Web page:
Epigenetic remodeling is a molecular hallmark of gliomas, and it has been identified as a key mediator of glioma progression. Epigenetic dysregulation contributes to gliomagenesis, tumor progression, and responses to immunotherapies, as well as determining clinical features. This epigenetic remodeling includes changes in histone modifications, chromatin structure, and DNA methylation, all of which are driven by mutations in genes such as histone 3 genes (H3C1 and H3F3A), isocitrate dehydrogenase 1/2 (IDH1/2), α-thalassemia/mental retardation, X-linked (ATRX), and additional chromatin remodelers. Although much of the initial research primarily identified how the epigenetic aberrations impacted glioma progression by solely examining the glioma cells, recent studies have aimed at establishing the role of epigenetic alterations in shaping the tumor microenvironment (TME). In this review, we discuss the mechanisms by which these epigenetic phenomena in glioma remodel the TME and how current therapies targeting epigenetic dysregulation affect the glioma immune response and therapeutic outcomes. Understanding the link between epigenetic remodeling and the glioma TME provides insights into the implementation of epigenetic-targeting therapies to improve the antitumor immune response.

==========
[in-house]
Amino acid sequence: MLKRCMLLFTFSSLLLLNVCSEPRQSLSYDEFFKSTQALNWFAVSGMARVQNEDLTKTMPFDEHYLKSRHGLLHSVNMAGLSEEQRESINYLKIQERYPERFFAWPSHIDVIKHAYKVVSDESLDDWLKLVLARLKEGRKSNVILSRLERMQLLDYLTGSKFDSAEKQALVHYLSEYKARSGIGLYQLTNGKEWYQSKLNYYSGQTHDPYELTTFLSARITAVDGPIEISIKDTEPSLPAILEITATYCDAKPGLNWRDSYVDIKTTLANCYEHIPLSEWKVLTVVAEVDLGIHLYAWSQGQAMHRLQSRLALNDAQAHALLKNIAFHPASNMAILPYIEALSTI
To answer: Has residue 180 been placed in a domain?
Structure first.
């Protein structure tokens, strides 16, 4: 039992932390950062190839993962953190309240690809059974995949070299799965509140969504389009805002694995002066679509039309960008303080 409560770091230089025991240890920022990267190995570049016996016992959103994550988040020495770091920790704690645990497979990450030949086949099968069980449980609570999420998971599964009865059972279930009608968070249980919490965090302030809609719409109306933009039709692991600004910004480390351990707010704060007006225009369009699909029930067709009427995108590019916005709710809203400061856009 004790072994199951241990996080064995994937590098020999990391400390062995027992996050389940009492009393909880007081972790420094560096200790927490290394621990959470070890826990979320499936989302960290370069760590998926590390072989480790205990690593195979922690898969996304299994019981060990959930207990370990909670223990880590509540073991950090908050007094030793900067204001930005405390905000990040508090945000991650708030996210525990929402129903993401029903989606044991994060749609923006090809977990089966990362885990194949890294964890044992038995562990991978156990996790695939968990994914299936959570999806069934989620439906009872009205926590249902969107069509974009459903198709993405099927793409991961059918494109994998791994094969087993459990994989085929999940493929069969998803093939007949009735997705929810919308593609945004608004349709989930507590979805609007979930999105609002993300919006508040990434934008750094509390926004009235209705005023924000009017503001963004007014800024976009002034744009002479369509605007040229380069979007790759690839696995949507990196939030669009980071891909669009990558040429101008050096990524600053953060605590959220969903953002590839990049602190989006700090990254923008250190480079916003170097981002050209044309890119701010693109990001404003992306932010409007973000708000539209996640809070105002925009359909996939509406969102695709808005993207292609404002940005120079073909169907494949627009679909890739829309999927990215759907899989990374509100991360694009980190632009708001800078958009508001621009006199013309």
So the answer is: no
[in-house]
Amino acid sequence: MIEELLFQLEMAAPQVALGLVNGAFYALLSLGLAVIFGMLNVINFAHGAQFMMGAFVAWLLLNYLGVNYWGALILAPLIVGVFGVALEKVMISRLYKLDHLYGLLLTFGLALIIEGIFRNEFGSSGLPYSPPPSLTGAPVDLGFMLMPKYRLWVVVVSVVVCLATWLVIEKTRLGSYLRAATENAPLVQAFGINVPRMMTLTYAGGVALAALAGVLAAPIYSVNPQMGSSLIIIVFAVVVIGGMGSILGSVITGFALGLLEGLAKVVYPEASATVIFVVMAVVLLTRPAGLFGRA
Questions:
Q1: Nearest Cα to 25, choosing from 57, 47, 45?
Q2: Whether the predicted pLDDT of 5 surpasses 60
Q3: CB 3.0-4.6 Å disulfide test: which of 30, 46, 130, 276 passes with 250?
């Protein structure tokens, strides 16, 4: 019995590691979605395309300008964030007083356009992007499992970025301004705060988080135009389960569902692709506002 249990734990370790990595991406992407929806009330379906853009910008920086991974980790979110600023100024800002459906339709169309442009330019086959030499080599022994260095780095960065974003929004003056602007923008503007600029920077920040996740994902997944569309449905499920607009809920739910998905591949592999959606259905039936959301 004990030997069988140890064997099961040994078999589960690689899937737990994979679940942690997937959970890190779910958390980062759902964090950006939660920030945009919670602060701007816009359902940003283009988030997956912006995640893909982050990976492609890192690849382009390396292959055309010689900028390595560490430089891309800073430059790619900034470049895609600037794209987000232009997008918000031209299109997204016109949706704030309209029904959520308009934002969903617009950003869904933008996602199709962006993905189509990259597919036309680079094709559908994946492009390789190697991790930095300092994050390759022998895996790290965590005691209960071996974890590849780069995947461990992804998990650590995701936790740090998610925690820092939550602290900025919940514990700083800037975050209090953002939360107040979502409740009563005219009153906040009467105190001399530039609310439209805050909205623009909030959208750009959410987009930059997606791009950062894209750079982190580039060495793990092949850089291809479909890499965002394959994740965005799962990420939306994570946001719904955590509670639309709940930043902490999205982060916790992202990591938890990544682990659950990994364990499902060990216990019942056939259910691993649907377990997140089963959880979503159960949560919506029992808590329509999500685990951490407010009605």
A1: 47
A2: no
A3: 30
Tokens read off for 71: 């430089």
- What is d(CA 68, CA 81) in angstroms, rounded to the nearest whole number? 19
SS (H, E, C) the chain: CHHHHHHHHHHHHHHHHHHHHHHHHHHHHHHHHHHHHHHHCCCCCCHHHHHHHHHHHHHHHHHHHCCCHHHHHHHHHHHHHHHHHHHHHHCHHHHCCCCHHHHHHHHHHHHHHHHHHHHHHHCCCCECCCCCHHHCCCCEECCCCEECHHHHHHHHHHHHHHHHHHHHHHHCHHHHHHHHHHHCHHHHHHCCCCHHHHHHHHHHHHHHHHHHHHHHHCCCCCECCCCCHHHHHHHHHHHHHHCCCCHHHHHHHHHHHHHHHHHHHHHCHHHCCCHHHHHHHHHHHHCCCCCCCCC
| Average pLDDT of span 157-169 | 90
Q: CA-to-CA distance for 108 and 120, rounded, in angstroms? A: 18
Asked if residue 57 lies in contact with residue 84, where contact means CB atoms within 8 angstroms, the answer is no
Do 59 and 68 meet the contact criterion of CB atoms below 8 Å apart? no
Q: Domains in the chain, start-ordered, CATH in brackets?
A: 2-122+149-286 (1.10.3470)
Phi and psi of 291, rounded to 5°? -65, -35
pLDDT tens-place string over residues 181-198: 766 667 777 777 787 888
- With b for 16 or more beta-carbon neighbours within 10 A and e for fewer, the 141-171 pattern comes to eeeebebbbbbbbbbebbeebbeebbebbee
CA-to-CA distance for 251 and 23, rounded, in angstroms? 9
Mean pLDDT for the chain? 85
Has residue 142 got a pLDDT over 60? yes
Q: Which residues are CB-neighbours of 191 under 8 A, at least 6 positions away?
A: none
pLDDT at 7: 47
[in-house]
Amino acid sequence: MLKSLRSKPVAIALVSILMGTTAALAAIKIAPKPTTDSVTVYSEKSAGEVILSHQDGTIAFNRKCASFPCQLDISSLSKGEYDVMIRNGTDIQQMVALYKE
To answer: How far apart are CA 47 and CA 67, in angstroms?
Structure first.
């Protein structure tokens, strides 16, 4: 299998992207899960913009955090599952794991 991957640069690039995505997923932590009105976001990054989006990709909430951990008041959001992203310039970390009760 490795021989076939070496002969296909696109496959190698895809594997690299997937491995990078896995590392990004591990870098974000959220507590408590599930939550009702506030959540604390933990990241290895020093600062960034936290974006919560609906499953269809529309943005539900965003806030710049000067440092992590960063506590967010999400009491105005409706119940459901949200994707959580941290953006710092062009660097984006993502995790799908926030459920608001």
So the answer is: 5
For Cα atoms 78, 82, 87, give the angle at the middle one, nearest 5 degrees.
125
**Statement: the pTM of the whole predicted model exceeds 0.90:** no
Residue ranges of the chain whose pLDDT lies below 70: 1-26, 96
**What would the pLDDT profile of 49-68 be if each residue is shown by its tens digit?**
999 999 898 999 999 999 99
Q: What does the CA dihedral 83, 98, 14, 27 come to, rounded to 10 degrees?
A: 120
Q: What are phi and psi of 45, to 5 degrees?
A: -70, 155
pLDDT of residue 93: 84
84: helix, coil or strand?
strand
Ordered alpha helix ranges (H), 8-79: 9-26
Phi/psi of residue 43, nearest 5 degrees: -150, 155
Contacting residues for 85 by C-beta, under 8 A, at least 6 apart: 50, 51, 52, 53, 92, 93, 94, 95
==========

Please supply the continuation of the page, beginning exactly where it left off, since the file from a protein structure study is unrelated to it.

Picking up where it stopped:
Brandon L. McClellan, Santiago Haase, Felipe J. Nunez, Mahmoud S. Alghamri, Ali A. Dabaja, Pedro R. Lowenstein, Maria G. Castro
Effects of epigenetic mutations in molecular mechanisms that modulate immune cell activity within the TME.